Somebody Else

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168 F'n Saint

About Somebody Else

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    Super Anarchist
  • Birthday March 10

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    PNW, ex-SoCal

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  1. Somebody Else

    Tattoo 26- WTF???

    I don't agree. I have been on too many boats with too many newbies to ignore the user experience on a good-sailing boat versus a shitter. Even on a good boat in bad trim, the newbie will struggle at the helm, being forced to turn it into an intellectual exercise as they struggle to keep on the wind. Get everything in tune and they can finally stop staring at the compass and tell-tales and feel the boat come to life under their touch. You leave the newbie with the frustration and stress of a poor-feeling boat, they might never come back. You get someone in the zone in a well trimmed decent boat, they can't wait until the next sail! Of course there's always the pirate wanna-be's who are so swept up in the romance that they don't care which direction the boat is going.
  2. Somebody Else

    Are they Racers?

    Windward/Leeward races and Random Leg races. Long Beach [CA] Race Week has both types in the regatta. But they have separate lines and Race Committees. But it can be down without all that.
  3. Somebody Else

    Tattoo 26- WTF???

    Here's the deal with 1st-timers buying boats that don't sail well: that is their experience: boat don't sail well. How can anyone expect to develop the "feel" for sailing a boat well if the boat itself presents such a formidable obstacle? "We'll get a better boat if we like it." Well, they're not going to like sailing a crap boat so that's the end of the line for them. Same thing with poorly-rigged boats. "We don't need big winches; we're not racing." Incorrect! That is precisely why you need large winches. Your frail niece will never get the headsail in tighter than a loose close reach. The boat won't point, or balance right, and all the other boats will be sailing right past you. "Well, we're not racing so we don't care that we're the slowest boat out there." It simply doesn't work that way. Every time there's a newbie on board and you get passed, what do they always say? "Why is that boat faster?" Part of the appeal of sailing is the tactile, visceral sensation of a well-tuned boat. If that's missing... boring!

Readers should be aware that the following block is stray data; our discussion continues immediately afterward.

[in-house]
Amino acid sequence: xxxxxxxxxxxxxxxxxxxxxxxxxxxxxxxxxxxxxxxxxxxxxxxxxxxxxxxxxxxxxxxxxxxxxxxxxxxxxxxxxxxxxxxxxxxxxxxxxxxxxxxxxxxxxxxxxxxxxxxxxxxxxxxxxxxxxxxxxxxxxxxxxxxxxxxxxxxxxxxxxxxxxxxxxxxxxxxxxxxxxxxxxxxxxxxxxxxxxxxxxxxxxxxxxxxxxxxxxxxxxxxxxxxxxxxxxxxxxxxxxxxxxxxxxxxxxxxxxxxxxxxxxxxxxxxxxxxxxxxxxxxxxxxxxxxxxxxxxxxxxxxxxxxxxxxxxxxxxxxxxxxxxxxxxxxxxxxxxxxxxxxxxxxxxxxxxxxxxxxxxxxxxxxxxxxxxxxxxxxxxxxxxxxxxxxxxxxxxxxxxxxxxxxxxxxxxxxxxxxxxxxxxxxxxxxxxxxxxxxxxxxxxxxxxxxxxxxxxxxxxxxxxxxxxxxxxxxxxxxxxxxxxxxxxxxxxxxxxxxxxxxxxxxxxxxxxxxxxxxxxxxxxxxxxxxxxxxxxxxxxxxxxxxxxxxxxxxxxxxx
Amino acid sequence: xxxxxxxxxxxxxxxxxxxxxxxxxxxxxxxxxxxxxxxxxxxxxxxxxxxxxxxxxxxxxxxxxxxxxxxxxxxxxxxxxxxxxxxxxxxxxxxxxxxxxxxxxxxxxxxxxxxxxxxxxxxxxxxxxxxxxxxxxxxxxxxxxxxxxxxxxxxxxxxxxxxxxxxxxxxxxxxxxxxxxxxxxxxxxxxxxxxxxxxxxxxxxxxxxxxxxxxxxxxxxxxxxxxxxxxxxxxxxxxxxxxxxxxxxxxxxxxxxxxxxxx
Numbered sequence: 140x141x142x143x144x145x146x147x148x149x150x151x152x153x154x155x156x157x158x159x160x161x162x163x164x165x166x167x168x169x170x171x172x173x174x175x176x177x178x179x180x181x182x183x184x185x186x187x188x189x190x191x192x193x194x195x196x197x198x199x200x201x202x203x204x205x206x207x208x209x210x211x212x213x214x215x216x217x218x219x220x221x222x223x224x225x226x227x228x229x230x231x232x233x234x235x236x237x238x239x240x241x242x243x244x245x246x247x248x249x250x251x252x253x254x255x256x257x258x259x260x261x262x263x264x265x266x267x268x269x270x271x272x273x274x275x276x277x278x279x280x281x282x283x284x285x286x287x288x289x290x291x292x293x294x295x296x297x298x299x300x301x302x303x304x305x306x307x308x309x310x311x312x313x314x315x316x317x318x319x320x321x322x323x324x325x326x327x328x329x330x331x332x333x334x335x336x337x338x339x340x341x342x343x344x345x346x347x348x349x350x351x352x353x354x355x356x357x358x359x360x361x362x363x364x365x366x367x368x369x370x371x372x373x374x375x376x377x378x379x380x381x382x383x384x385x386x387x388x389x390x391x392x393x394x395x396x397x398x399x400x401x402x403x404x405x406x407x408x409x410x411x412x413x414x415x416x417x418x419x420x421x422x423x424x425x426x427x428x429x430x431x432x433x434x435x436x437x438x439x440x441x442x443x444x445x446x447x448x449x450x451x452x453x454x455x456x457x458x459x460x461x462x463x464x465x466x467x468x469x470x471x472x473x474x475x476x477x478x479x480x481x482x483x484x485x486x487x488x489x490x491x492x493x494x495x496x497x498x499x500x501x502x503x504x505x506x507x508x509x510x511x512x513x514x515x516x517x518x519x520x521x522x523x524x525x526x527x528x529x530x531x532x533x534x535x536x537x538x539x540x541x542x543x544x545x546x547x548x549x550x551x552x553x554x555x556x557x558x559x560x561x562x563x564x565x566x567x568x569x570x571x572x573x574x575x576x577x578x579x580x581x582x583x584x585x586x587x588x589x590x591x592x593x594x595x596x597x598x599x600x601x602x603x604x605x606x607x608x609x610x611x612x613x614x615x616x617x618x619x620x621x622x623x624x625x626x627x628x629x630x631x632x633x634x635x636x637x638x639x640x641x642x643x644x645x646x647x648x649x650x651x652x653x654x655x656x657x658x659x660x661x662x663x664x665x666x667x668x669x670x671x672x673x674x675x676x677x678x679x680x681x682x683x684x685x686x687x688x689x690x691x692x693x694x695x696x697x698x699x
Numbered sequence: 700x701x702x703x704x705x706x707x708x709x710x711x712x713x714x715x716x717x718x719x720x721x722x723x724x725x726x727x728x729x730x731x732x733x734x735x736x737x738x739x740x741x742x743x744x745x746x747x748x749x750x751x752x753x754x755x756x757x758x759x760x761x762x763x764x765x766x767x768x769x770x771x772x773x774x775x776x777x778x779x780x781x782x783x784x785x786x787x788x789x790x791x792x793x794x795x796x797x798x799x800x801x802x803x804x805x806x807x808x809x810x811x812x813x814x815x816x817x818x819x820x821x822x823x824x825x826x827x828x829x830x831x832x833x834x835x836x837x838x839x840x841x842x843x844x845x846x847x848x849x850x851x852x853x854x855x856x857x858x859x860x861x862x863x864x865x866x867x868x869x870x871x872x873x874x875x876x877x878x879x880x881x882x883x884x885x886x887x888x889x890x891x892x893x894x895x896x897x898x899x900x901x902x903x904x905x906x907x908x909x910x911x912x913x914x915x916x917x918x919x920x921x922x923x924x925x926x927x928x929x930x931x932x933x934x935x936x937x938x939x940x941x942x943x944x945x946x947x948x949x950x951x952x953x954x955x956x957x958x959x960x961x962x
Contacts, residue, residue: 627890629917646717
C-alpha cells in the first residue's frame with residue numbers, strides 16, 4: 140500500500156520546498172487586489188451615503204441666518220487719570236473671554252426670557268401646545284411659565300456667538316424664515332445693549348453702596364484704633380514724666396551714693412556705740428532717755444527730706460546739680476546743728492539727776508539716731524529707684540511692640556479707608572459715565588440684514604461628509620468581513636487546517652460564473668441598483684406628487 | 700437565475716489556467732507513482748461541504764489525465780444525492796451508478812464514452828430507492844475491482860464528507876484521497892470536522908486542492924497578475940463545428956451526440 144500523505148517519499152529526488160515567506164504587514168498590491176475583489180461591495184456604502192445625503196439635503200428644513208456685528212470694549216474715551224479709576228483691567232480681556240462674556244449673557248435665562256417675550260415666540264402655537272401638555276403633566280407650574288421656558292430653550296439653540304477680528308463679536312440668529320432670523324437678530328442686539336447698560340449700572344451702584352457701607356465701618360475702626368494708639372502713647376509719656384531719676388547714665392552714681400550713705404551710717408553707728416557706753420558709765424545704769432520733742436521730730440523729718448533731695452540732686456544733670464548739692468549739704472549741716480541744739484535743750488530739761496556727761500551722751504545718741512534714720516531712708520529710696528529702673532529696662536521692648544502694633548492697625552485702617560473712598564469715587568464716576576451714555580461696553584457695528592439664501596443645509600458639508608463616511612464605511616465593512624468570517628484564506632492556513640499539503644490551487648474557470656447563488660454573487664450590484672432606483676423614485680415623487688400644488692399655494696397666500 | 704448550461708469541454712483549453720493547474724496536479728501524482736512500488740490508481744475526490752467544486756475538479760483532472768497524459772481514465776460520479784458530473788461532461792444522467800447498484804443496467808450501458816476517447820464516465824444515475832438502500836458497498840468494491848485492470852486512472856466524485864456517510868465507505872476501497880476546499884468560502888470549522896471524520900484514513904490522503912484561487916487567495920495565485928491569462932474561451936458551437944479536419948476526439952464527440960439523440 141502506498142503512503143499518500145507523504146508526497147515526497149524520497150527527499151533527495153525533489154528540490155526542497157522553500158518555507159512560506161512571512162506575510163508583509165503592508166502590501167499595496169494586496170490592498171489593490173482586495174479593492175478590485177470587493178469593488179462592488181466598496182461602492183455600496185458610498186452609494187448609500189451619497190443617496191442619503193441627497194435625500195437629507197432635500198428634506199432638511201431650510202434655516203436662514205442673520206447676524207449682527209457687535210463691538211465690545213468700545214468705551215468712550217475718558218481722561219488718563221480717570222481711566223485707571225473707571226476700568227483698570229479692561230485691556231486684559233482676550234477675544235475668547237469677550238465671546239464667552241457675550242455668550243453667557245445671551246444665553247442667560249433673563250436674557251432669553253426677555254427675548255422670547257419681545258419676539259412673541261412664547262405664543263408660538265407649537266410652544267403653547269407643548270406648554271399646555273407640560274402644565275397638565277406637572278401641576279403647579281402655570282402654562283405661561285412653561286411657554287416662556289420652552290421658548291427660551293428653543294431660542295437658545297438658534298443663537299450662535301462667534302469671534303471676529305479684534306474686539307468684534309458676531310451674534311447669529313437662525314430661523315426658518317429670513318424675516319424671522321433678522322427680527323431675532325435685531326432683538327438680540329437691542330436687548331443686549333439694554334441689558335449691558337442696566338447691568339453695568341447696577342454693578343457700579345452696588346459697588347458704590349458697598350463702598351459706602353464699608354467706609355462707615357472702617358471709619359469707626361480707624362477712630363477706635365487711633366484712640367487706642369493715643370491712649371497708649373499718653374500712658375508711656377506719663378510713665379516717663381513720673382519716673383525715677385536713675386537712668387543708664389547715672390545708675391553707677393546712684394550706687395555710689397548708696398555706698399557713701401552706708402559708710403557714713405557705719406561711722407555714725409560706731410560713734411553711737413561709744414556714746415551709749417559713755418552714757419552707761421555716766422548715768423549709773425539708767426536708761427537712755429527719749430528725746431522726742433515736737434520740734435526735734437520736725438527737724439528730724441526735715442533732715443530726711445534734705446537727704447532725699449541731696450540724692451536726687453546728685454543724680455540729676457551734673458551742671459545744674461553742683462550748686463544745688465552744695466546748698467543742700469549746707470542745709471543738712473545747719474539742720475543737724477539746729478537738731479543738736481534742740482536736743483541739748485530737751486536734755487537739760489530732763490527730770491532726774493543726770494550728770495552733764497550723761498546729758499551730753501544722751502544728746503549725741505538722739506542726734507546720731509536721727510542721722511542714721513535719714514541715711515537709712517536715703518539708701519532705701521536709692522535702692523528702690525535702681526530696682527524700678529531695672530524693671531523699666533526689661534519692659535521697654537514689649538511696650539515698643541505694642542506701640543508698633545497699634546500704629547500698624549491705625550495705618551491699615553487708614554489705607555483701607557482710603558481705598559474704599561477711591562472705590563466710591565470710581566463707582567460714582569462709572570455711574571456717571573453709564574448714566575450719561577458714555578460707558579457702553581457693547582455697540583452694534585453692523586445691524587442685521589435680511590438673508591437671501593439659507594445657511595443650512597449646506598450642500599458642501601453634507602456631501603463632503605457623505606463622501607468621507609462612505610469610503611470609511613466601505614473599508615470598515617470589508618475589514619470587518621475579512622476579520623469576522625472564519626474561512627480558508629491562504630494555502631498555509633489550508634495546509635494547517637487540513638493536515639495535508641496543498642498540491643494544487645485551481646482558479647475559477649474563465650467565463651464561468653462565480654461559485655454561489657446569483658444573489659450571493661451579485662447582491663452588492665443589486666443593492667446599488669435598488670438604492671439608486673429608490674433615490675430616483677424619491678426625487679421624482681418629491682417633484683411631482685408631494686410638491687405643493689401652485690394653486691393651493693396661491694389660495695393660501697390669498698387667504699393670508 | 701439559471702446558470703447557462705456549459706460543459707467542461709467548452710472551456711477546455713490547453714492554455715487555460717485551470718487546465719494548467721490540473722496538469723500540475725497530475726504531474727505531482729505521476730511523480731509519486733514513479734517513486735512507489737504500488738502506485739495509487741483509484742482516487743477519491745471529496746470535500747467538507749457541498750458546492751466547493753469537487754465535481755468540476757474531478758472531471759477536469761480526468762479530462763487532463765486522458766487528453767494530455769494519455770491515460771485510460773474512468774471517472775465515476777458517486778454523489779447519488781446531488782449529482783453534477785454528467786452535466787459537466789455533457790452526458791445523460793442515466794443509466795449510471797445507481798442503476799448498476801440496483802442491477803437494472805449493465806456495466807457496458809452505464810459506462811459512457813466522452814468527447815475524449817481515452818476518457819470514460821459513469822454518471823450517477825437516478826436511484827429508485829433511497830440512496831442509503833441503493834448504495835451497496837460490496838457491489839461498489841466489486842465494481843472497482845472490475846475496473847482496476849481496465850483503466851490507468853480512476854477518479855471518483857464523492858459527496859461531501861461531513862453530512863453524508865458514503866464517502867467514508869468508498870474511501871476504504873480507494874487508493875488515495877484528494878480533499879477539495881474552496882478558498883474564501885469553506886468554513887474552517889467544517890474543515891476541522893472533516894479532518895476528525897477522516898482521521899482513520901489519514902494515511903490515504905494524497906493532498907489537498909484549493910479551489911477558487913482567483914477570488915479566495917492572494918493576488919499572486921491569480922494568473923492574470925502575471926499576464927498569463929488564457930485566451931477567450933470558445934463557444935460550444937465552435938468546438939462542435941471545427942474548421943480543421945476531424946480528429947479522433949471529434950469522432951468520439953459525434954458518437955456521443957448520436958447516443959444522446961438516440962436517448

4. Somebody Else

    what is it?

    I'm critical of the whole vertical landing paradigm. Sure, with enough compute power, you can balance that broom handle on your finger tip but it will always be intrinsically unstable. I'm critical of the gyroscope and gimbal method of rocket control but until something better comes along, we're stuck with WWII technology.
  5. Somebody Else

    American Is Killed by Bow and Arrow on Remote Indian Island

    Ah. So not instrumental. Merely a spectator.
  6. Somebody Else

    Sailing around the world in a San Juan 24

    Any news about when Rimas' triumphant homecoming to America might be?
  7. Somebody Else

    What are the rules on traffic sailing through a race?

    Newport Harbor, CA, has heavily attended Beer Cans on Thursday evening during summer. All of Newport's channels are relatively narrow. The 60-foor to 100-foot tourist harbor cruise boats have their busiest nights on Thursday so the riders can watch as the sailors struggle to keep clear in the confined channels.
  8. Somebody Else

    What are the rules on traffic sailing through a race?

    Yikes! The best photo platforms are like 20- to 23-foot center consoles with high bulwarks. You want your photo boat to be agile and unobtrusive. Get into position then come to a complete stop and drift as the boats pass by.
  9. Somebody Else

    What are the rules on traffic sailing through a race?

    You pedantic putz! You know perfectly well that COLREGs was used the same way Kleenex(r) is used in the United States to refer to any brand of disposable facial tissue or Hoover(r) is used in England to refer to any brand of vacuum cleaner.